The Queen has delivered her speech at the State opening of Parliament 2021.
In case you’re wondering what you just saw, Her Majesty’s address to Parliament is a focal part of its State Opening, something which has existed in its current form since 1852, when the Palace of Westminster was rebuilt after the 1834 fire.
It’s also the only occasion when the Monarch, the Lords and the Commons meet in the same room – and now doubt has left a lot of people Googling to find out what it was they just saw.
Politicians come and go, and so do the Prime Ministers, but every year, it’s the Queen who opens parliament – although there are some exceptions, such as when the 2018 State opening was cancelled because the government opted for a two year parliamentary session instead of the usual one year one.
There was also no State Opening in 2020 – when the country was in the first coronavirus lockdown – but at that stage Parliament had been in session since its State Opening in December 2019.
I attended the State Opening of Parliament in 2016, as I was working in the House of Commons and received a ticket via ballot, and saw for myself this fascinating and rather important ceremonial occasion.
Here is what happens:
This article was originally published in 2018.
Search of the cellars
After the failed Gunpowder Plot of 1605, when Guy Fawkes tried to blow up the House of Lords during the State Opening of that year with the intention of killing King James I, a tradition started.
The cellars of the Houses of Parliament are searched before the Monarch arrives.
These days, the police join The Yeomen of the Guard – The Queen’s Bodyguards – to check the cellars and ensure her majesty’s safety during her visit to Parliament.
Taking an MP hostage is just one of the many eccentric traditions of the ceremony.
The MP is held ‘hostage’ in Buckingham Palace in case something happens to the monarch.
Whatever happens to her, the same will happen to the MP.
This tradition goes back to the reign of Charles I, when the Monarch and Parliament didn’t have a good relationship.
Indeed, it was so bad that he was beheaded in 1649, at the end of a civil war between monarchy and Parliament.
The Imperial State Crown
The Imperial State Crown travels from the Jewel House at the Tower of London to Westminster in its own carriage.
The valuable Crown, with its 2,901 precious stones, is taken under armed guard through the streets of London.
In the BBC documentary The Coronation, Her Majesty revealed she is unable to look down to read the speech.
She said: ‘You can’t look down to read the speech, because if you did it would fall off. There are some disadvantages to crowns but otherwise they are quite important things.’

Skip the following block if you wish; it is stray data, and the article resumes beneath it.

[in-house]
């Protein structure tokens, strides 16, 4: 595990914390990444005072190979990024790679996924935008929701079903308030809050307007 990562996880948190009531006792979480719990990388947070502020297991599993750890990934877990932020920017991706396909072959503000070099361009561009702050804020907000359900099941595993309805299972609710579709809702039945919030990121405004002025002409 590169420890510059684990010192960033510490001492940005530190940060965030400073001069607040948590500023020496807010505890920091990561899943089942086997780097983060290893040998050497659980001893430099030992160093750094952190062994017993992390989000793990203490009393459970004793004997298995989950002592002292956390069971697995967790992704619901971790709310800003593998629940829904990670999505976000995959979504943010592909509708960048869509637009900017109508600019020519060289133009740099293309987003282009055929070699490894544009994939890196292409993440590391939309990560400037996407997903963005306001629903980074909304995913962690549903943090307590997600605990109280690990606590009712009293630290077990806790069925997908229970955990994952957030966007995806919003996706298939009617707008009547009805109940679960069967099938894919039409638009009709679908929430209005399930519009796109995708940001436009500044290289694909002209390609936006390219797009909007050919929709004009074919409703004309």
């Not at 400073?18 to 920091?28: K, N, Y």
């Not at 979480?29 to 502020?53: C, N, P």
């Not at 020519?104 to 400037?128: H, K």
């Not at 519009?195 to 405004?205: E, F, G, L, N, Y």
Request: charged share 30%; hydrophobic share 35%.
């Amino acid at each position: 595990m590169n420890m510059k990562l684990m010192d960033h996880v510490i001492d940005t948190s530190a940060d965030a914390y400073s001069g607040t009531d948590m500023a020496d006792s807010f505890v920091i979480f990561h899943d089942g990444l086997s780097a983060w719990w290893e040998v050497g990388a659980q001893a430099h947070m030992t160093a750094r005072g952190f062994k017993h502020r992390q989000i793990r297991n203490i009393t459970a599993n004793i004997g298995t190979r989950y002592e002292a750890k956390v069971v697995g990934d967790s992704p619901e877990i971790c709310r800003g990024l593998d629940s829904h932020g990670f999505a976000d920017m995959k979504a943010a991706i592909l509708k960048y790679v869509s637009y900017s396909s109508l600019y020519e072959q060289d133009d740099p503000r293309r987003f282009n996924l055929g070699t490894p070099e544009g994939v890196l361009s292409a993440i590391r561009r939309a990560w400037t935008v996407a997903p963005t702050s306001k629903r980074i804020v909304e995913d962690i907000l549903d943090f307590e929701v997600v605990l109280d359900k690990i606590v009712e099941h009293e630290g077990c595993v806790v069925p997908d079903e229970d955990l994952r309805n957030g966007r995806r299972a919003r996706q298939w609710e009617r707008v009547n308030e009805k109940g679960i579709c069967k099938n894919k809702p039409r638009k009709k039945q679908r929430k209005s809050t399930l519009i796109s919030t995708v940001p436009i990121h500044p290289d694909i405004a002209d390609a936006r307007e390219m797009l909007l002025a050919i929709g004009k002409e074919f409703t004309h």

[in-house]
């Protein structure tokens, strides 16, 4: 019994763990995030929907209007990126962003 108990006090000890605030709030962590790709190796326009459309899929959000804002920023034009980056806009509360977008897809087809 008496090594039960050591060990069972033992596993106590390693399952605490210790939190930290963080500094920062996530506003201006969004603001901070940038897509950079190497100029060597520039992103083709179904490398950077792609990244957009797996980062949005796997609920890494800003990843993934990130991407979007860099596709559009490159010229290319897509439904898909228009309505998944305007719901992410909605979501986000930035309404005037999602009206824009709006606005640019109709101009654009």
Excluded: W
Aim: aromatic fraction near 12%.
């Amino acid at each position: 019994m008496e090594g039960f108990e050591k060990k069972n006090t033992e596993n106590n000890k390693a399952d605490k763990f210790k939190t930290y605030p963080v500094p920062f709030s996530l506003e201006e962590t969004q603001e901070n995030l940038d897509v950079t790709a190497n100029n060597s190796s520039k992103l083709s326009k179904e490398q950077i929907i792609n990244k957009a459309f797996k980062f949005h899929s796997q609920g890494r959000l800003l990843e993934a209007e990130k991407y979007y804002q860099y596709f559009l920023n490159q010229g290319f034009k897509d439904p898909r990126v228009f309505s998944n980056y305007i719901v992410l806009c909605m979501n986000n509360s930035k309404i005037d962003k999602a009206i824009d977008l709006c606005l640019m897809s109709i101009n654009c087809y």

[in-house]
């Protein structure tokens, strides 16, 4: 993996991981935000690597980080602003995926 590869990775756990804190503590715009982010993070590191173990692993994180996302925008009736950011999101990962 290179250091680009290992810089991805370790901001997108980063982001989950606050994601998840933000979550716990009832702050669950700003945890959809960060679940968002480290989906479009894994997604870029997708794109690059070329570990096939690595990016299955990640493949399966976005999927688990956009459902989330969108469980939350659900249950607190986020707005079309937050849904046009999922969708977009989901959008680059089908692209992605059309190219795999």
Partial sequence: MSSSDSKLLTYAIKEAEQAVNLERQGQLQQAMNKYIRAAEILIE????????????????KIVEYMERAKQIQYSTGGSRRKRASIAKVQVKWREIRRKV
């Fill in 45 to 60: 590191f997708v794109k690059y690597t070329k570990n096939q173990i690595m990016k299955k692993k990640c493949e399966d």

The Queen leaves Buckingham Palace in a horse-drawn carriage that make its way to the Sovereign’s Entrance at the Houses of Parliament.
She is escorted by members of the Household Cavalry.
Along the route, there are members of Britain’s armed forces who ‘present arms’ as the royal procession passes. They provide security and add to the pageantry of the day.
The Robing Room
Once the Queen enters the Houses of Parliament, she makes her way to the Robing Room.
It is here that she puts on the Robe of State and the Imperial Crown.
Once the Queen is ready, she leads the Royal procession through the impressive Royal Gallery, which is packed with guests, and onto the House of Lords via Princes Chamber.
I managed to catch a glimpse of the Queen as she made her procession that year.
The House of Lords
Members of the Lords are present in this chamber together with ambassadors and high commissioners – they usually wear their national dress – as well as judges from the High Court, the Court of Appeal and Justices of the Supreme Court.
Once she enters the House of Lords, the Queen takes her seat on the throne to deliver The Queen’s Speech.
But before she does so, the House of Lords official known as ‘Black Rod’ or ‘the Gentleman Usher of the Black Rod’, is sent to the House of Commons to summon the MPs.
Black rod and summoning the House of Commons
No British monarch has entered the House of Commons since 1642 when King Charles I came to arrest five MPs in the run-up to the English Civil War.
To symbolise the independence of Parliament from the Monarch, the Commons doors are slammed in Black Rod’s face when he or she tries to enter.
The Royal messenger has to bang three times with the rod before he is allowed in.
If you visit Parliament, you can see the dent in the woodwork where Black Rods have made their mark.
MP’s follow Black Rod to the Lords chamber to listen to the speech by the House of Lords bar, which is at the opposite end to the Throne.
The Queen’s Speech
Once everyone is in the House of Lords, and before either House can proceed to public business, the Queen officially opens Parliament by addressing both Houses in The Queen’s Speech.
The monarch does not write the speech. It is written for her by the Prime Minister and the Cabinet and it outlines government policies and laws it wants to pass.
After the Queen’s Speech
Once the Queen leaves Parliament, members of both Houses debate the content of the speech.
There are usually functions too, with food and drinks served, but these are by invitation only.
Members of the public cannot attend the State Opening of Parliament but they can attend any of the debates taking place on the day, either in the Lords or Commons chambers, from around 2pm, after the Queen has left.
Or if you would like to follow the route, or learn more about how Parliament works and its history, you can take a tour of the Palace of Westminster throughout the year.
Share your views in the comments below.